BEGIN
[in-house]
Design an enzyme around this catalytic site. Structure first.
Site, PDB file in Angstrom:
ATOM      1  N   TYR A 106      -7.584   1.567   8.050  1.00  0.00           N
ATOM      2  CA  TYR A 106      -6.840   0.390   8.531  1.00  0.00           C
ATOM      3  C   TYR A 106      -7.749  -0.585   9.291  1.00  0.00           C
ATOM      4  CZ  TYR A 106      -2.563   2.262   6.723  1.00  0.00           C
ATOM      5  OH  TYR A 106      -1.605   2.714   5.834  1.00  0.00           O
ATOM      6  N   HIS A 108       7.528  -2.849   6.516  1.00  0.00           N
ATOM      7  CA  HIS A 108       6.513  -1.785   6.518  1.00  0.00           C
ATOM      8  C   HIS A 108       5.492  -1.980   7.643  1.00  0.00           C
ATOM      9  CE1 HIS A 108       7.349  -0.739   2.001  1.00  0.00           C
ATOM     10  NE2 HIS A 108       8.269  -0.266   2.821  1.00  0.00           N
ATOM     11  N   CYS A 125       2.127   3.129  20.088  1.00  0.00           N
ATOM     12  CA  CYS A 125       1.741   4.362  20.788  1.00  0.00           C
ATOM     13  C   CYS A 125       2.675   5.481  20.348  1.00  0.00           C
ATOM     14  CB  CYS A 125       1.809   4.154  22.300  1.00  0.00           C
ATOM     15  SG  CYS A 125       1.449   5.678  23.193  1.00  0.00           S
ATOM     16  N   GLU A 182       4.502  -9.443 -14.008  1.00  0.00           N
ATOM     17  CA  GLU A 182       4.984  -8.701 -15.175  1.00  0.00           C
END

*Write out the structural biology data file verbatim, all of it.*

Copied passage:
[in-house]
Design an enzyme around this catalytic site. Structure first.
Site, PDB file in Angstrom:
ATOM      1  N   TYR A 106      -7.584   1.567   8.050  1.00  0.00           N
ATOM      2  CA  TYR A 106      -6.840   0.390   8.531  1.00  0.00           C
ATOM      3  C   TYR A 106      -7.749  -0.585   9.291  1.00  0.00           C
ATOM      4  CZ  TYR A 106      -2.563   2.262   6.723  1.00  0.00           C
ATOM      5  OH  TYR A 106      -1.605   2.714   5.834  1.00  0.00           O
ATOM      6  N   HIS A 108       7.528  -2.849   6.516  1.00  0.00           N
ATOM      7  CA  HIS A 108       6.513  -1.785   6.518  1.00  0.00           C
ATOM      8  C   HIS A 108       5.492  -1.980   7.643  1.00  0.00           C
ATOM      9  CE1 HIS A 108       7.349  -0.739   2.001  1.00  0.00           C
ATOM     10  NE2 HIS A 108       8.269  -0.266   2.821  1.00  0.00           N
ATOM     11  N   CYS A 125       2.127   3.129  20.088  1.00  0.00           N
ATOM     12  CA  CYS A 125       1.741   4.362  20.788  1.00  0.00           C
ATOM     13  C   CYS A 125       2.675   5.481  20.348  1.00  0.00           C
ATOM     14  CB  CYS A 125       1.809   4.154  22.300  1.00  0.00           C
ATOM     15  SG  CYS A 125       1.449   5.678  23.193  1.00  0.00           S
ATOM     16  N   GLU A 182       4.502  -9.443 -14.008  1.00  0.00           N
ATOM     17  CA  GLU A 182       4.984  -8.701 -15.175  1.00  0.00           C